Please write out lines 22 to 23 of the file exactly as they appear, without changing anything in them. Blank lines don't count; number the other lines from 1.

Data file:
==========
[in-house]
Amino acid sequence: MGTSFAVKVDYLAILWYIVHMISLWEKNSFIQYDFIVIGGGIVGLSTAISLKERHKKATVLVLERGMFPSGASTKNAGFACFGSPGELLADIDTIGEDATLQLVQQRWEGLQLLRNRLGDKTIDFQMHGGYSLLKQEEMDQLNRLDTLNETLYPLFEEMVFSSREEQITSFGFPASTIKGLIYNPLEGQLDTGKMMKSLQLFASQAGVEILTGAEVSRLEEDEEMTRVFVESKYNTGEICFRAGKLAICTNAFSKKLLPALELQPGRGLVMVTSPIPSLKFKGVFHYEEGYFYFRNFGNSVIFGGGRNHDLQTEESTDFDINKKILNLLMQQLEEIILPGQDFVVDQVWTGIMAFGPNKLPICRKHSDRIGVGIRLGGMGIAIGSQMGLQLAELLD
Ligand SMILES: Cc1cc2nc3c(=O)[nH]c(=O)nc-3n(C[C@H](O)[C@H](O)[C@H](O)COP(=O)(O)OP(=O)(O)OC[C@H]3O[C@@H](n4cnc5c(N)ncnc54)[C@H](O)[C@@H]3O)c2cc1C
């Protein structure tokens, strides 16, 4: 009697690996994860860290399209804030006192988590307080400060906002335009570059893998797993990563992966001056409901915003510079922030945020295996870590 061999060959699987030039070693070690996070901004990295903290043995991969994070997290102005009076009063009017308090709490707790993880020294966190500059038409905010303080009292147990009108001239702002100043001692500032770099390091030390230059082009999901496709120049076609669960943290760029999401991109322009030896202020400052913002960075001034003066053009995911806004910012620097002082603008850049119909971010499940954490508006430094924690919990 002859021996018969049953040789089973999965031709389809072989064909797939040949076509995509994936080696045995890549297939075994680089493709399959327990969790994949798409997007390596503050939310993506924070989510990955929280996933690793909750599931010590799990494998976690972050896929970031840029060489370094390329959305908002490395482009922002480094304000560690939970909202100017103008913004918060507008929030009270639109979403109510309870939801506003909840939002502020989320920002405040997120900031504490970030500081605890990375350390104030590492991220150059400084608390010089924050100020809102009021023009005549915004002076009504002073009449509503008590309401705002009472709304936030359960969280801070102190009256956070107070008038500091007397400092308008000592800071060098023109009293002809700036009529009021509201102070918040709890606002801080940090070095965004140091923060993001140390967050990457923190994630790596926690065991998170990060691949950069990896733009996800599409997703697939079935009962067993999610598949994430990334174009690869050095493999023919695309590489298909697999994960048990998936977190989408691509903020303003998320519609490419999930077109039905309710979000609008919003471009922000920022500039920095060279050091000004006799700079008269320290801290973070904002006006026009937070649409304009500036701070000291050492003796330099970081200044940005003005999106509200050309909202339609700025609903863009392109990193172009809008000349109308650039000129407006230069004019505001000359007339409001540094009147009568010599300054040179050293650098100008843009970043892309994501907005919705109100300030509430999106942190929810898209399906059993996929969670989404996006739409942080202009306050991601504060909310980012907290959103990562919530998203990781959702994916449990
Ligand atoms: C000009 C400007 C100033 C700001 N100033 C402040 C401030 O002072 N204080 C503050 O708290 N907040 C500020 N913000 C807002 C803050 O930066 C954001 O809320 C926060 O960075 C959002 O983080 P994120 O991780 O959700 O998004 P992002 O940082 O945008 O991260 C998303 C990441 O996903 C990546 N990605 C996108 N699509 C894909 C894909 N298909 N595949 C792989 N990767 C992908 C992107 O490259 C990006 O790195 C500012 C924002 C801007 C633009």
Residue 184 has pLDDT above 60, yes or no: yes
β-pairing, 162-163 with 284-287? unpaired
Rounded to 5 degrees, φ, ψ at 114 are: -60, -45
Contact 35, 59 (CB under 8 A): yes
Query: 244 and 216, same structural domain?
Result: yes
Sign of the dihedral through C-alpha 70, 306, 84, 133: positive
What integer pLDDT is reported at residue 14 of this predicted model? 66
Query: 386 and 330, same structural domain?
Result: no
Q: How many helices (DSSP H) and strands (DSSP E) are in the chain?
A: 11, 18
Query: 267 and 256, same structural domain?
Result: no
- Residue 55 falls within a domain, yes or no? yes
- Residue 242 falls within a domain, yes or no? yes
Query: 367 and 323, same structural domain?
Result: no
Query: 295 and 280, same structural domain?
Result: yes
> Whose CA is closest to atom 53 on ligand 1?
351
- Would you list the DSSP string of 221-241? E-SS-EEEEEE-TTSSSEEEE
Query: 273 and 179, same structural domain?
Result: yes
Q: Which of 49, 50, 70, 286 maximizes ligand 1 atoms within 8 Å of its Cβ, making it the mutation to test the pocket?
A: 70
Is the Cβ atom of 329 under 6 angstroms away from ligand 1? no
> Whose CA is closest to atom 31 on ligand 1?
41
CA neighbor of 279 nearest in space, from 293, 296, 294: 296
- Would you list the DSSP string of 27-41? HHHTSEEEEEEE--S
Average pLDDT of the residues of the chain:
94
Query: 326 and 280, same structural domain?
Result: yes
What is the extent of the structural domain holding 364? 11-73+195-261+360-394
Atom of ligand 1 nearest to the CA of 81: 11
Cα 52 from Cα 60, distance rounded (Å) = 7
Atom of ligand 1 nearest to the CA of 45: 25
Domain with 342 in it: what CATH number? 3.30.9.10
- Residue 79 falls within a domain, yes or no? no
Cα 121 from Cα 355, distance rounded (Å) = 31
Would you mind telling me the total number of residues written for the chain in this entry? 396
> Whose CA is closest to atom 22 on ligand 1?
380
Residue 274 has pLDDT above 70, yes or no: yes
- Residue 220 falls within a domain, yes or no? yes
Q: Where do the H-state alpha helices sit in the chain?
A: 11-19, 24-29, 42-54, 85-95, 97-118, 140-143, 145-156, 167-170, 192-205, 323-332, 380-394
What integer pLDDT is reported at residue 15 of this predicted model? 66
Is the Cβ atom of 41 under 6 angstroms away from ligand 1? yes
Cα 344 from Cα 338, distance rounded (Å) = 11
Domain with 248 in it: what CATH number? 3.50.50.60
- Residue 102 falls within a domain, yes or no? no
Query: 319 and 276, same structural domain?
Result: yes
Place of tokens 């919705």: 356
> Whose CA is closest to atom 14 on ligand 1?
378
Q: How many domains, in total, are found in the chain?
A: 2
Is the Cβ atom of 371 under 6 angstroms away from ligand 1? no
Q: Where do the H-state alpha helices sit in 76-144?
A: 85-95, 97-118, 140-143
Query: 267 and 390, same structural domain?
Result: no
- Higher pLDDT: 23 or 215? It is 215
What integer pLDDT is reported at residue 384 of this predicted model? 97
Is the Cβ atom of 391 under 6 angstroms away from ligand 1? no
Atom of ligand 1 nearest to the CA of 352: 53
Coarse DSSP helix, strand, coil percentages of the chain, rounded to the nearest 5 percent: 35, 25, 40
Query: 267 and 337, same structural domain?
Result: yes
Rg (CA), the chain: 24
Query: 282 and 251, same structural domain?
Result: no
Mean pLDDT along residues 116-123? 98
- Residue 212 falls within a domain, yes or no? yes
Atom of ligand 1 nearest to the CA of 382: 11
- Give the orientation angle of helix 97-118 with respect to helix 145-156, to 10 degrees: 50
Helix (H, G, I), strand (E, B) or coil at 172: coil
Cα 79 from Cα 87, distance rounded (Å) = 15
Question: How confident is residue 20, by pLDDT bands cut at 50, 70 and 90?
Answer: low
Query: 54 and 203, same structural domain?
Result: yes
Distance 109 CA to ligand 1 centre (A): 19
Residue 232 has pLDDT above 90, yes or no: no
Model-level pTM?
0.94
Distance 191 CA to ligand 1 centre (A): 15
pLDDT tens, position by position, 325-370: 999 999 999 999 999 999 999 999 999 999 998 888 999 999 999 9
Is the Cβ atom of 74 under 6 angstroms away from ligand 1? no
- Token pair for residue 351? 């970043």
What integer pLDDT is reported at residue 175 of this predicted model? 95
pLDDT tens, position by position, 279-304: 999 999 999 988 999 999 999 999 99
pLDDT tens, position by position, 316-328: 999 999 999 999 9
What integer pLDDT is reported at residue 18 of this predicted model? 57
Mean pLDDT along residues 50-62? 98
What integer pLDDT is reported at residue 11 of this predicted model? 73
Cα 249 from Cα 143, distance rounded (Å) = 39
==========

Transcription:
Query: 367 and 323, same structural domain?
Result: no